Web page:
What Happened On the Death Cruise That Recovered Bodies from the Wreckage of the Titanic?

What Happened On the Death Cruise That Recovered Bodies from the Wreckage of the Titanic?

The CS Mackay-Bennett left Halifax, Nova Scotia in 1912 with the mission of retrieving corpses from the Titanic’s wreckage. Following the accident, the ship was rapidly converted into a “morgue ship,” equipped with 100 coffins, all of the embalming fluid in Halifax, and 100 tons of ice to preserve remains in transport. It wasn’t sufficient.

The team discovered a lot more bodies than they had anticipated, the majority of which were floating in frigid water while being partially supported by life jackets. Captain Lardner informed the press that many of the deceased had been buried at sea since they had been unable to bring all 190 victims of the Titanic accident back to land. According to Lardner’s statement to the Washington Times, “most of them were crew members, and we couldn’t care for them.”

“All of the embalming fluid in Halifax was transported aboard the ship as we departed. Only 70 corpses could have been cared for with that. We weren’t expecting to uncover so many dead, much alone so many of them. Since we anticipated being at sea for more than two weeks, we had to bury the dead because the mortician estimated they wouldn’t survive more than three days. Before they were put to sleep, they received all of the appropriate funeral services.”

A sea burial was performed for around one-third of the 337 total remains that were rescued from the disaster by the CS Mackay-Bennett and three other recovery ships, with any personal items taken to help identify the deceased. Even if there was a service earlier, it was not random who was taken home for burial and who was cast off.

Sociologist Jess Bier noted in a study of the forensic identification procedure following the disaster that decisions about which bodies to bury at sea were “largely made according to the perceived economic class of the recovered victims, and those with third-class tickets were far more likely to be returned to the water.”

The remains were embalmed and placed in coffins; they were assumed to be first-class travelers based on their attire, demeanor, and effects. Passengers in the second class were embalmed but wrapped in canvas. Not embalmed, the third class were instead kept in canvas in preparation for burial at sea. According to Bier, “the recovery personnel effectively determined which remains were valuable enough to be kept and which would be allowed to swiftly rot underwater” as they divided the dead according to perceived economic status.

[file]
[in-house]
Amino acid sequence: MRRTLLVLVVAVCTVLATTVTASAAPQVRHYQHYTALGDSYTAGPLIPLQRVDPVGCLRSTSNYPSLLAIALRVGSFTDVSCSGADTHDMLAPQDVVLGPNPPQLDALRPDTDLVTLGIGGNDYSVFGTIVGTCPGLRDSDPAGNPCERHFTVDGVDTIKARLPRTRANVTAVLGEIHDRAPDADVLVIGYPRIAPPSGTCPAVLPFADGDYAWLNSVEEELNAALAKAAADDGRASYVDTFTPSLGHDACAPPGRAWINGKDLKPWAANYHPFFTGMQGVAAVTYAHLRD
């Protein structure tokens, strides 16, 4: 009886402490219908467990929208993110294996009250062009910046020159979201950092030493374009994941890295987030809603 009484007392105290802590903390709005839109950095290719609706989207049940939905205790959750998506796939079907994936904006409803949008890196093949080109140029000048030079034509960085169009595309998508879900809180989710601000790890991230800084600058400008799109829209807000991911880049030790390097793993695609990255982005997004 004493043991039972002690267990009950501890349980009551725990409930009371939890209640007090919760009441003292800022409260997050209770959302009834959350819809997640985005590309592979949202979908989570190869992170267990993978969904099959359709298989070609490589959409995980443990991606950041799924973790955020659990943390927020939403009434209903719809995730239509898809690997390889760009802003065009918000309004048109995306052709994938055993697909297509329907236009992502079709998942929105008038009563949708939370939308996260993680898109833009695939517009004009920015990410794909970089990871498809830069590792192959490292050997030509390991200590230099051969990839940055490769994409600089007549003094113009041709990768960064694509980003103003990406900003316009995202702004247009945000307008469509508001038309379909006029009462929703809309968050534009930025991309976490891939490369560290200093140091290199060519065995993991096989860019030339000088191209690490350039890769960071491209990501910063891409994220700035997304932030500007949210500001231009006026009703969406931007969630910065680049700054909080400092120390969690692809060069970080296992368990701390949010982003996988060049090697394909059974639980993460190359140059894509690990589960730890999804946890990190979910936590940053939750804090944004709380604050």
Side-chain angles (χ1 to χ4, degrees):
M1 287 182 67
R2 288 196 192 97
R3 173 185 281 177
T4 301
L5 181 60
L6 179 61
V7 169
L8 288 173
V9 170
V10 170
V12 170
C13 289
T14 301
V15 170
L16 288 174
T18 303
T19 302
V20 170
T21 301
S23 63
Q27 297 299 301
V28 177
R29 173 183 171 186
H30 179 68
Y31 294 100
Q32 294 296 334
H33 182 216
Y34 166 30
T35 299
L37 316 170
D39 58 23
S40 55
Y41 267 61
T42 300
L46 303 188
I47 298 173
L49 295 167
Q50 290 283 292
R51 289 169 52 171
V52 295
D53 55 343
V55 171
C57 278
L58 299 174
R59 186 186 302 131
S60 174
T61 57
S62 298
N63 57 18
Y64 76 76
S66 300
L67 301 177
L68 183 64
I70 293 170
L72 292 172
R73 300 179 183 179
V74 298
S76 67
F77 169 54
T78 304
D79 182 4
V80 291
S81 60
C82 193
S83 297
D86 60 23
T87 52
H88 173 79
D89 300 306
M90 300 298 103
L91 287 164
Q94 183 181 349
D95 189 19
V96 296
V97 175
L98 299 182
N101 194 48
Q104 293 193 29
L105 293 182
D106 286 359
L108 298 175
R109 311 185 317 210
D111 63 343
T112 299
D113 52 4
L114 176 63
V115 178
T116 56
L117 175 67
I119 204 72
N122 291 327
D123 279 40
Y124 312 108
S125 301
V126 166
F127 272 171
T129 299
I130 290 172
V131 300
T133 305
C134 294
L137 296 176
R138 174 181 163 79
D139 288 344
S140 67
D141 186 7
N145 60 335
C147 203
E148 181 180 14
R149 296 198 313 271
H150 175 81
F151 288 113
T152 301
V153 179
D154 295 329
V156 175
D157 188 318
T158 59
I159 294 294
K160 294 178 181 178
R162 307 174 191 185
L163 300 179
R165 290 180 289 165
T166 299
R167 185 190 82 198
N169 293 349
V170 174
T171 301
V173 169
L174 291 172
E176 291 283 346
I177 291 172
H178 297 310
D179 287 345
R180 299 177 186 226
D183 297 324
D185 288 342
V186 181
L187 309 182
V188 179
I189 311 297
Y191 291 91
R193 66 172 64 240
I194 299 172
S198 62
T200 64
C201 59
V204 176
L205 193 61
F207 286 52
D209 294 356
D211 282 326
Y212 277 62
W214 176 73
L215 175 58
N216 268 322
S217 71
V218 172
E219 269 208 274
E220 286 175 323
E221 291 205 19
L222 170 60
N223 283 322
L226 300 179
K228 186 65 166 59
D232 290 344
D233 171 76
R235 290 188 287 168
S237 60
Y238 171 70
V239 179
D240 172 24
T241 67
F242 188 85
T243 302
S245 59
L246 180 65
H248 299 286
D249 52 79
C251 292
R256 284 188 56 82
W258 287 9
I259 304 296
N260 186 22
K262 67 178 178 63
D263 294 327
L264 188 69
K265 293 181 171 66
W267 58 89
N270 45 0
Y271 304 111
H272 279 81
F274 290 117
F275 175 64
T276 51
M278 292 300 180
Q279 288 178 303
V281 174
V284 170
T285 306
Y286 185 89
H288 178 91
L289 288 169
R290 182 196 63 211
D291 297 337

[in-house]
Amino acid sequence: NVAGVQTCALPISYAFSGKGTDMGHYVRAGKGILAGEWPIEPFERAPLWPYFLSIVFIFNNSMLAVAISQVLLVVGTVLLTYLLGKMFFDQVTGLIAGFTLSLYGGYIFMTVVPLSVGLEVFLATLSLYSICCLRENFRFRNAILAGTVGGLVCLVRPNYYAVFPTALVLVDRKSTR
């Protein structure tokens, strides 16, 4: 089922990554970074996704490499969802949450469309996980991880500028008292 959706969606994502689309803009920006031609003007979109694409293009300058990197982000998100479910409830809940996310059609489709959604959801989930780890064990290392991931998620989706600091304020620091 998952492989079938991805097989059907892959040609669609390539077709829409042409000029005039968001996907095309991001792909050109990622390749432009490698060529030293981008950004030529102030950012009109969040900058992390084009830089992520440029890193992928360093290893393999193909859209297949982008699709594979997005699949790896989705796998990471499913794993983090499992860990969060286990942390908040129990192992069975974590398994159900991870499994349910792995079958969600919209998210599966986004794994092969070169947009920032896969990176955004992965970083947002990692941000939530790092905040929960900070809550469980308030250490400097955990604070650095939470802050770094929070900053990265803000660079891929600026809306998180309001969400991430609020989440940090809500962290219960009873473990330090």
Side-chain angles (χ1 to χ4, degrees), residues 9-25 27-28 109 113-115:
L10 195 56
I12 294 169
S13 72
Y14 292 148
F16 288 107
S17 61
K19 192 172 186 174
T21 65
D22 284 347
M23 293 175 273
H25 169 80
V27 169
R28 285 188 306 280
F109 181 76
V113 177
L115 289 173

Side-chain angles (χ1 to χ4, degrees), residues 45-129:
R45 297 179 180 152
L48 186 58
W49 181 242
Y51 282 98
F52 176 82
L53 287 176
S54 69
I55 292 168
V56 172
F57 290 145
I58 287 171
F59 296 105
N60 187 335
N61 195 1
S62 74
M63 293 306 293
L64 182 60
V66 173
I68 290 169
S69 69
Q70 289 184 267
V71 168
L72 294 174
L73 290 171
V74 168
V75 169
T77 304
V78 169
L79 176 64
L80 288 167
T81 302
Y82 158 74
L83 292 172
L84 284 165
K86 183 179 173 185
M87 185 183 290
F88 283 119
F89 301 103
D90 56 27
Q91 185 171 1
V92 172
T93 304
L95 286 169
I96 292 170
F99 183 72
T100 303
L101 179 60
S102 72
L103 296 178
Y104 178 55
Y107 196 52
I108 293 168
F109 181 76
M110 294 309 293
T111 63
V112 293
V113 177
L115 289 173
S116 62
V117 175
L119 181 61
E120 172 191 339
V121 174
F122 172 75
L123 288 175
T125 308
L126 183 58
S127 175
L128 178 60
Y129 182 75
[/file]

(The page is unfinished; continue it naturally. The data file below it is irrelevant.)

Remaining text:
The decision was made in part for financial considerations. He reasoned that the wealthier passengers were more likely to have insurance or have inheritance that would need to be paid out because life insurance, a relatively new sector, would not pay out without the presence of a corpse. At the time, Captain Lardner said, “No distinguished man was recommitted to the depths.” “It seemed better to make certain to send the deceased back to land where the death may give rise to such concerns as expensive insurance and inheritance and all the litigation,” one author said.

Bier’s choices were motivated by deeply established ideas of class, which were all too obvious on board the Titanic both before and after it struck the iceberg. “[Class] disparities were thought to be a normal element of society,” she said, “from the reports that some steerage passengers were imprisoned below decks to the overwhelming superior prospects of survival for first-class passengers.”

Class distinctions were also made when the captain and his crew searched for physical indicators that a body may be recognized. For instance, upper class persons were more likely to carry business cards identifying themselves and their firm or to wear garments with their initials embroidered in.

Crew were 36 percent more likely than other passengers to be buried at sea, and third-class passengers were 46 percent more likely to join them, of the remains uncovered by the “death cruises,” as they were referred to by the press at the time. The likelihood of bringing second-class passengers to shore was increased by 69%. Only one higher class body was interred at sea out of all the bodies that were found.